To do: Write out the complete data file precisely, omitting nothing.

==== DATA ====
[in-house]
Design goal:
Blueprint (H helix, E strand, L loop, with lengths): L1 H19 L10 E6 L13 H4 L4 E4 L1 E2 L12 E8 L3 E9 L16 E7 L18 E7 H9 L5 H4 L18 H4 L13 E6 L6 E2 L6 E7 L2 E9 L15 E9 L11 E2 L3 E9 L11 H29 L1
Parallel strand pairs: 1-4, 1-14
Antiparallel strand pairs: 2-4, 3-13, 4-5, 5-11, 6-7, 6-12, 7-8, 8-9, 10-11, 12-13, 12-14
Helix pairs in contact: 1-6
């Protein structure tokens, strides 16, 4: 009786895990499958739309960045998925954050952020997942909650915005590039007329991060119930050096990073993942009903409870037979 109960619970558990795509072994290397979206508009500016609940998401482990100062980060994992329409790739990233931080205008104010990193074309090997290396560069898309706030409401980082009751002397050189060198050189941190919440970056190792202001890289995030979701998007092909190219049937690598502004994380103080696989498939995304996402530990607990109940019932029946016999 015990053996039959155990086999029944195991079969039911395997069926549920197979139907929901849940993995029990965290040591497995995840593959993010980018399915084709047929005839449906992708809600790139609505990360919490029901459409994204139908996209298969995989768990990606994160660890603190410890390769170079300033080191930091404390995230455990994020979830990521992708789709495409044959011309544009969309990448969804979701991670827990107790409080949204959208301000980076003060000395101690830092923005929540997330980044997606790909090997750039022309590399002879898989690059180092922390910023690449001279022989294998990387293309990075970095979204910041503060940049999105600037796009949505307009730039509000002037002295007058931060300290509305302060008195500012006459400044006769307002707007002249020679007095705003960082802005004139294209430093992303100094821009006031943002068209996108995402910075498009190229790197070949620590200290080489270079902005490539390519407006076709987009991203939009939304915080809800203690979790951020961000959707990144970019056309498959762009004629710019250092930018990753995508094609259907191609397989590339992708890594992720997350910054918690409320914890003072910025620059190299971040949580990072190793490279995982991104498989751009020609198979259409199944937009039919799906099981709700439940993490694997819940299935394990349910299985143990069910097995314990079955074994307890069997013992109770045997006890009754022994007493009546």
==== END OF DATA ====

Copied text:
[in-house]
Design goal:
Blueprint (H helix, E strand, L loop, with lengths): L1 H19 L10 E6 L13 H4 L4 E4 L1 E2 L12 E8 L3 E9 L16 E7 L18 E7 H9 L5 H4 L18 H4 L13 E6 L6 E2 L6 E7 L2 E9 L15 E9 L11 E2 L3 E9 L11 H29 L1
Parallel strand pairs: 1-4, 1-14
Antiparallel strand pairs: 2-4, 3-13, 4-5, 5-11, 6-7, 6-12, 7-8, 8-9, 10-11, 12-13, 12-14
Helix pairs in contact: 1-6
């Protein structure tokens, strides 16, 4: 009786895990499958739309960045998925954050952020997942909650915005590039007329991060119930050096990073993942009903409870037979 109960619970558990795509072994290397979206508009500016609940998401482990100062980060994992329409790739990233931080205008104010990193074309090997290396560069898309706030409401980082009751002397050189060198050189941190919440970056190792202001890289995030979701998007092909190219049937690598502004994380103080696989498939995304996402530990607990109940019932029946016999 015990053996039959155990086999029944195991079969039911395997069926549920197979139907929901849940993995029990965290040591497995995840593959993010980018399915084709047929005839449906992708809600790139609505990360919490029901459409994204139908996209298969995989768990990606994160660890603190410890390769170079300033080191930091404390995230455990994020979830990521992708789709495409044959011309544009969309990448969804979701991670827990107790409080949204959208301000980076003060000395101690830092923005929540997330980044997606790909090997750039022309590399002879898989690059180092922390910023690449001279022989294998990387293309990075970095979204910041503060940049999105600037796009949505307009730039509000002037002295007058931060300290509305302060008195500012006459400044006769307002707007002249020679007095705003960082802005004139294209430093992303100094821009006031943002068209996108995402910075498009190229790197070949620590200290080489270079902005490539390519407006076709987009991203939009939304915080809800203690979790951020961000959707990144970019056309498959762009004629710019250092930018990753995508094609259907191609397989590339992708890594992720997350910054918690409320914890003072910025620059190299971040949580990072190793490279995982991104498989751009020609198979259409199944937009039919799906099981709700439940993490694997819940299935394990349910299985143990069910097995314990079955074994307890069997013992109770045997006890009754022994007493009546």